With all of that testing, people who catch the virus will know quickly, she said. Health officials can respond with contact tracing and move faster to stop the spread. And the positivity rate will reflect that environment.

The “people over people” method made sense at the beginning of the pandemic, she said. Back then, the federal Centers for Disease Control and Prevention required a COVID-19 patient to have two negative tests in a row before they could be considered recovered from the virus.

So a person could rack up a lot of positive tests before getting two negative tests. Using the “test over test” method at that time would have artificially inflated the positivity rate, she said.

The CDC later changed that guideline, but Utah continued to use the “people over people” method. The CDC uses both methods and a third one, Dunn noted.

Public health officials watch both calculations, Dunn said. The “people over people” method, she said, “mirrors our surging cases.”

The “test over test” formula “is really useful because it’s allowing us to see our increase in testing, and how well that’s helping us decrease our cases.”

What’s the difference in practical terms?

The new positivity rate statistic will be smaller.

Monday’s report showed that difference, with 15.4% versus 7.3% for a rolling seven-day average under the two methods.

The “people over people” method, Dunn said, “biases percent positivity a little bit higher.” The “test over test” method “biases the percent positivity a bit lower,” she said. “The truth is somewhere in the middle.”

“You’re going to notice that the trends for both of these methods are actually really similar,” Dunn said. Looking at charts for both calculations, over time, they’re practically parallel.

Is this a political move, to make the numbers look better?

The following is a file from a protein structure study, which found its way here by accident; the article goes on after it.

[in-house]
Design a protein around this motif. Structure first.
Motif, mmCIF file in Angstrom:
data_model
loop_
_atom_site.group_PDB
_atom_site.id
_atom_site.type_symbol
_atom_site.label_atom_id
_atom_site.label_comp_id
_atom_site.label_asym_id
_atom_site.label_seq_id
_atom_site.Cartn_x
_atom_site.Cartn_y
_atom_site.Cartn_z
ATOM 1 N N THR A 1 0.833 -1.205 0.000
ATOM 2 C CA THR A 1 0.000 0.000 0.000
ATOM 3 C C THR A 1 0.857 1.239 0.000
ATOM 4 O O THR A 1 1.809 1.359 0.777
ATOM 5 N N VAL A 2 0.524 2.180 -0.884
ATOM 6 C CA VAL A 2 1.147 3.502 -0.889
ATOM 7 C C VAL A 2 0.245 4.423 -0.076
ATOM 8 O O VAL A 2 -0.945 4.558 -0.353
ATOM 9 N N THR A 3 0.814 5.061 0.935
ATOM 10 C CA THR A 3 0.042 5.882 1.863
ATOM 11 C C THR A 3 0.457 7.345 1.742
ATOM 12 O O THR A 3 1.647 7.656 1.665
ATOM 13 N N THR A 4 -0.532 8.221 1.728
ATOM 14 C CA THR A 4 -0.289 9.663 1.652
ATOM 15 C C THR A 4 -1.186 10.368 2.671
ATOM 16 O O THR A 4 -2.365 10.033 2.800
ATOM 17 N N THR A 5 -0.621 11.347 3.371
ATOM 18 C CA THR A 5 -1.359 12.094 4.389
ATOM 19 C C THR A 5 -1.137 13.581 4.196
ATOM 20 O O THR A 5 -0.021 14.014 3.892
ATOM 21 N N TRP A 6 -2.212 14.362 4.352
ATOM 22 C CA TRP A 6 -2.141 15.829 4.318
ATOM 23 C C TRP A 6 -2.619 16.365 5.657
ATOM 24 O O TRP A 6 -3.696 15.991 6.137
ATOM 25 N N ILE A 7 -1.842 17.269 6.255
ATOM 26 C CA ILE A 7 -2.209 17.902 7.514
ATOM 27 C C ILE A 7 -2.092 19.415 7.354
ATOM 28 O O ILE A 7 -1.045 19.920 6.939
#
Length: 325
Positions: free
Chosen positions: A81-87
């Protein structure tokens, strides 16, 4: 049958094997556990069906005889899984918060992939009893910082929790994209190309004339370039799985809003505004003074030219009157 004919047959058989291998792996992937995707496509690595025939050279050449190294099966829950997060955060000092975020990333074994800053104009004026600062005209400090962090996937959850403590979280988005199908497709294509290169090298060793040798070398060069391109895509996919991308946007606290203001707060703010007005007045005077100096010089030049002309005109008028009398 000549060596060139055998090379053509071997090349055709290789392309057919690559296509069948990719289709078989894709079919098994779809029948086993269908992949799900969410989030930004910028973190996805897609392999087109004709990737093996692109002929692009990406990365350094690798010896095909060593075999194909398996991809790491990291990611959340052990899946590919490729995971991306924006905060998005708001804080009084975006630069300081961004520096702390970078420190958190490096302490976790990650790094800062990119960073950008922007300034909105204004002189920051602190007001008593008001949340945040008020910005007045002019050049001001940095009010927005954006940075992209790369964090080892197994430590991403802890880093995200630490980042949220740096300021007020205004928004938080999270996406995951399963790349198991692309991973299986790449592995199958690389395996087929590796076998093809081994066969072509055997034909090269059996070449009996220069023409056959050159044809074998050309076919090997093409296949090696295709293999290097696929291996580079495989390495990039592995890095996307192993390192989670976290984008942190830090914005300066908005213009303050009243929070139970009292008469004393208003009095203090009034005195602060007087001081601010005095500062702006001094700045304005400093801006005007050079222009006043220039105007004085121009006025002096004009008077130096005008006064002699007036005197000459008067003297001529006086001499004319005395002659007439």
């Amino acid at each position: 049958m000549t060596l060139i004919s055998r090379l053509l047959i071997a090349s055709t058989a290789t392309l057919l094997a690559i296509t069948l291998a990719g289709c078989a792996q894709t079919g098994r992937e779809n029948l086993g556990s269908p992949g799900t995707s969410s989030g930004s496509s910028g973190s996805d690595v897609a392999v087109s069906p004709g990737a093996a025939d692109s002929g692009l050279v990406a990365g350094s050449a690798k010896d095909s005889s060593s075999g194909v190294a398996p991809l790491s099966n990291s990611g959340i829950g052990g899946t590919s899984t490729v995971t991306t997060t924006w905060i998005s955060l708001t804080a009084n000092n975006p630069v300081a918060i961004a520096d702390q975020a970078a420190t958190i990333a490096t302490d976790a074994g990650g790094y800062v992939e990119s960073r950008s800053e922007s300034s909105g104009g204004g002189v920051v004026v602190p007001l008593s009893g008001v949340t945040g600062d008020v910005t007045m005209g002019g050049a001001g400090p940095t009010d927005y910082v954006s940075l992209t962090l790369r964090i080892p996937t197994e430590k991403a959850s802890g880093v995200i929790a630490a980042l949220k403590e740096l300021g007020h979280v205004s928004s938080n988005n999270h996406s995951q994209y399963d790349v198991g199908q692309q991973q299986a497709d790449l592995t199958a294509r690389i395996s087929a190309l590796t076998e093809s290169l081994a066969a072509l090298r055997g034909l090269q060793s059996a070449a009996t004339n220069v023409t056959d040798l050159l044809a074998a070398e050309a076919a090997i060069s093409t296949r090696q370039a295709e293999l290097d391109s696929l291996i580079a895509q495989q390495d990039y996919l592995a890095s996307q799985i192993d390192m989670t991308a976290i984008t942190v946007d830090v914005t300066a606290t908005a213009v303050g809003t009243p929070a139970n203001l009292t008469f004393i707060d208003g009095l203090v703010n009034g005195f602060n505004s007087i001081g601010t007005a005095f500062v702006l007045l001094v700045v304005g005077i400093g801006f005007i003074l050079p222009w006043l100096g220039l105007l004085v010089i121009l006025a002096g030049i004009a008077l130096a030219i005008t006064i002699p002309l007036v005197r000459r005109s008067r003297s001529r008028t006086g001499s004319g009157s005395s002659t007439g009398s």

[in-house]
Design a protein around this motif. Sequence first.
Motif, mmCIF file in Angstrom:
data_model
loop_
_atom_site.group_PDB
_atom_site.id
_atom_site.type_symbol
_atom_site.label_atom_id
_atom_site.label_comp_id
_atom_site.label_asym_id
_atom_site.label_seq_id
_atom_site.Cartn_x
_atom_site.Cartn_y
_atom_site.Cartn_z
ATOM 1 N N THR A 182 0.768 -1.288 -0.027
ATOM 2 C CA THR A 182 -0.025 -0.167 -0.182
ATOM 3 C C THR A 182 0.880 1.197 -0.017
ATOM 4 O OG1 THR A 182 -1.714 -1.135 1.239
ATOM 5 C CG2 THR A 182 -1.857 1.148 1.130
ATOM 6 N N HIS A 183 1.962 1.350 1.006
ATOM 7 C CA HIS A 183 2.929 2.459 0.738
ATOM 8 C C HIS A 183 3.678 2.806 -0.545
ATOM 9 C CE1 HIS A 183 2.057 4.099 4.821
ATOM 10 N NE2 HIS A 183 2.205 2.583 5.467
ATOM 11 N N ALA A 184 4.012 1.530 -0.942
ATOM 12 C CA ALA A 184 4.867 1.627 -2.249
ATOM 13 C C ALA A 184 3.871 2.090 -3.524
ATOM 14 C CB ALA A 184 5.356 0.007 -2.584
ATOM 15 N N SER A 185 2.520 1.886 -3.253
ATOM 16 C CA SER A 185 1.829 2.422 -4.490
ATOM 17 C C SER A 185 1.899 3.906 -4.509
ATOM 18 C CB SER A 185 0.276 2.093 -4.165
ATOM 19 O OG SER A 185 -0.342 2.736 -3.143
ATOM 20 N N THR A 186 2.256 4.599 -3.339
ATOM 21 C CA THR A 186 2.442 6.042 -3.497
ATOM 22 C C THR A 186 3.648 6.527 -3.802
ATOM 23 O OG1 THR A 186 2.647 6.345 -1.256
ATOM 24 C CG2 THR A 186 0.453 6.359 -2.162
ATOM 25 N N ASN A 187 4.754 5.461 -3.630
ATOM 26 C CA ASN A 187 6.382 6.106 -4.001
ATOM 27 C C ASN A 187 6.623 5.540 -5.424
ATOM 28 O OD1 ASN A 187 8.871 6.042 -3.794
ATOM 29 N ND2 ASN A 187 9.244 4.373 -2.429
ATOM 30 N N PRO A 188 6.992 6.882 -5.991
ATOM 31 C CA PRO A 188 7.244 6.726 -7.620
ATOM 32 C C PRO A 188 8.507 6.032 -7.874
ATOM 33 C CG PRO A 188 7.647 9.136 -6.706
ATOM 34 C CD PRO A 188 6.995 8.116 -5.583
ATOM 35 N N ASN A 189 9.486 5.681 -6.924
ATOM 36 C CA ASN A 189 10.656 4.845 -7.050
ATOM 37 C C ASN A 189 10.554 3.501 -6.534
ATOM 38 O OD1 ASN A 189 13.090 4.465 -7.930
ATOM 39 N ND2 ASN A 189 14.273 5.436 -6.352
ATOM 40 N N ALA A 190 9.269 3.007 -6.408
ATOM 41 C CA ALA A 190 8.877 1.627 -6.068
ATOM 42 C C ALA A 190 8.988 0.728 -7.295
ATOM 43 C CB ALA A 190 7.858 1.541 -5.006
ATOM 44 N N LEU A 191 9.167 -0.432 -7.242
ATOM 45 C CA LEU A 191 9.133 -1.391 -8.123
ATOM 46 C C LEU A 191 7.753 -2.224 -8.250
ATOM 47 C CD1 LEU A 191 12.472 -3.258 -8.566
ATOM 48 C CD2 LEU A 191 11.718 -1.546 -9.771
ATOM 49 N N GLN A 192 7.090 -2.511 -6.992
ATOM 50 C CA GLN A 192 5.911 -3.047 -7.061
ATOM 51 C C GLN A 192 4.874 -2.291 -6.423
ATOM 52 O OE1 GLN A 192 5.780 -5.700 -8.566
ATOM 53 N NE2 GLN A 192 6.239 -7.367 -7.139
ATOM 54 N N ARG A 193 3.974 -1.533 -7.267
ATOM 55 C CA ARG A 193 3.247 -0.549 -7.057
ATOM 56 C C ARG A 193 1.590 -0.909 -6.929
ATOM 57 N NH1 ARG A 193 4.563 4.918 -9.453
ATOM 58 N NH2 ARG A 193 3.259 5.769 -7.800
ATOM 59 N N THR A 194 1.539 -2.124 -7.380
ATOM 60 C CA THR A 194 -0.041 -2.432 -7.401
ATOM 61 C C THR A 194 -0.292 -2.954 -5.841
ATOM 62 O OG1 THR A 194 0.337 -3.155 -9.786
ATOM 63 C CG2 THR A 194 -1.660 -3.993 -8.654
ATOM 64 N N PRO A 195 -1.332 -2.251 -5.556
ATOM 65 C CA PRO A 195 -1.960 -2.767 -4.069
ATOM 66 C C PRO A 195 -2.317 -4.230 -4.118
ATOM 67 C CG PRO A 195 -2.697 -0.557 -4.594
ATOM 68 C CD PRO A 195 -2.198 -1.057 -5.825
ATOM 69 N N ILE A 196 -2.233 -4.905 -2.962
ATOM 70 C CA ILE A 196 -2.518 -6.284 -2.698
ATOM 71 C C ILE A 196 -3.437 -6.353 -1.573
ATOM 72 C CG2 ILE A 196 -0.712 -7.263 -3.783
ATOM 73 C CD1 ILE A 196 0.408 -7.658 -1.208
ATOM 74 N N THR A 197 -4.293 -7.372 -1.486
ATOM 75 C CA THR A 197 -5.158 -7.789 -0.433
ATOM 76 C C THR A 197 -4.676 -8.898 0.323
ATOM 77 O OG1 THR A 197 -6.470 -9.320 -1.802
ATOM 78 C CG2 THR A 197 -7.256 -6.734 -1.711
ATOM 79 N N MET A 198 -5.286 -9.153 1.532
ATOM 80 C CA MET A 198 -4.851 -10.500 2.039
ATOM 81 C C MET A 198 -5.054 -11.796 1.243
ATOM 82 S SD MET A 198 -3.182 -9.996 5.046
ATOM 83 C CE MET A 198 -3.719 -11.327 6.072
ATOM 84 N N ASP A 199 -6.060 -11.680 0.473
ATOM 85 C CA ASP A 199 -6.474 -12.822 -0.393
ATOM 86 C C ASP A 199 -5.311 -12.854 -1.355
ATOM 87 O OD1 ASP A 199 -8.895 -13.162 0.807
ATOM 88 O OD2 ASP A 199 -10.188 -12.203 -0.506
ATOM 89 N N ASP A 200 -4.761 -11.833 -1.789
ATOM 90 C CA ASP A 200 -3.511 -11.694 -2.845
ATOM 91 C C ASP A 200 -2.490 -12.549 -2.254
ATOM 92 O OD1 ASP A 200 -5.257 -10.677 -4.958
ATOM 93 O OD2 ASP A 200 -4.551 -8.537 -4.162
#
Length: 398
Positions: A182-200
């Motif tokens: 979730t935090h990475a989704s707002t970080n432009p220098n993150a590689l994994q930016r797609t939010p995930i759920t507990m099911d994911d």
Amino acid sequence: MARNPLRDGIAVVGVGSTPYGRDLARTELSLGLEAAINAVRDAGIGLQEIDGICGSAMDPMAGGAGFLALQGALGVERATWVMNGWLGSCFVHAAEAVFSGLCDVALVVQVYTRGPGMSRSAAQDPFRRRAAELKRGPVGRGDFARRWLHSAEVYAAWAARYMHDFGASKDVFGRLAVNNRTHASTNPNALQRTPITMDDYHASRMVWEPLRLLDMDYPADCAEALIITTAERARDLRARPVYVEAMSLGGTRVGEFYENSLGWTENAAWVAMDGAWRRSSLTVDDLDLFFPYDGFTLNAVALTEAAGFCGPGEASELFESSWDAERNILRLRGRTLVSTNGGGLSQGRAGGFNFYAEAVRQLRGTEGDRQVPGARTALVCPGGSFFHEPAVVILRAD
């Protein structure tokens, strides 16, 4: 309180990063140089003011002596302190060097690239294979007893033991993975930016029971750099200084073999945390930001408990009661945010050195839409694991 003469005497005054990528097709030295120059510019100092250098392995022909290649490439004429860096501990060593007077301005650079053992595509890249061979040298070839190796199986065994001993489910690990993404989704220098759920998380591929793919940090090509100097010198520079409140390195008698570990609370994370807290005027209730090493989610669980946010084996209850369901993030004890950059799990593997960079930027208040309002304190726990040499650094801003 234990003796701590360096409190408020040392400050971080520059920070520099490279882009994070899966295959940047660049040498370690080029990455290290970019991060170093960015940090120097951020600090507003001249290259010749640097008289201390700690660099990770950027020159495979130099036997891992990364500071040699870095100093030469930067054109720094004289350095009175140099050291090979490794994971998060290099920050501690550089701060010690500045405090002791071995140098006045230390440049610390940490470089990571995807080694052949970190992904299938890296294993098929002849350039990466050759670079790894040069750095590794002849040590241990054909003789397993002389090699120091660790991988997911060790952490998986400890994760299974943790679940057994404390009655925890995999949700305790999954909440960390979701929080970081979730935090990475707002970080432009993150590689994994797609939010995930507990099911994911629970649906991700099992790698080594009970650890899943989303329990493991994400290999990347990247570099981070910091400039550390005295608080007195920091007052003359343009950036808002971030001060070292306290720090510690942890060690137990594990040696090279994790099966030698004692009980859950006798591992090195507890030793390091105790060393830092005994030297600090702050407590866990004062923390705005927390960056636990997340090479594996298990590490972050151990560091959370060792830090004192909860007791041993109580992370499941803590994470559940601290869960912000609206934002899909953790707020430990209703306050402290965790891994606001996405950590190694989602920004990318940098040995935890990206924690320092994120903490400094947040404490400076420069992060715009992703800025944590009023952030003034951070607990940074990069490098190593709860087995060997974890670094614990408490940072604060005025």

Dunn downplayed that perception. She noted that at least 37 other states use “test over test” — and switching over makes it easier to do apples-to-apples comparisons with other states.

UDOH has begun using the new method on its daily report, but it will continue to publish both calculations on its dashboard, at coronavirus.utah.gov, for the sake of transparency, Dunn said.

If the daily figure looks lower, will people let down their guard?

“We have to change the scale in our head,” Dunn said.

The post-Christmas test positivity rate of over 30% “was high because that was the scale we were using,” Dunn said. “Now, 15% is going to be really high, 10% will be really high.”

Dunn said the goal she and other health officials have described for months — that the test positivity rate needs to move below 3% to 5% before experts consider the virus under control — still holds true, even with the change in measuring the rate.

That target, as set by the CDC and the World Health Organization, is “relying on that ‘test over test’ method,” she said. “And so it’s still accurate to say, you know, the lower the percent positivity, the better. … We really rely on multiple metrics, and the trends are what we really care about.”

How should people read the data?

“We know that not one metric will tell us how bad it is or when it’s going to end,” Dunn said. “We have to look at everything.”

She recommends people watch three key statistics: The test positivity rate, the number of new cases, and the hospitalization numbers, or remaining capacity.

“All three of those metrics together give us a really nice picture of where we currently are in the pandemic and where we’re going,” Dunn said.

Return to Story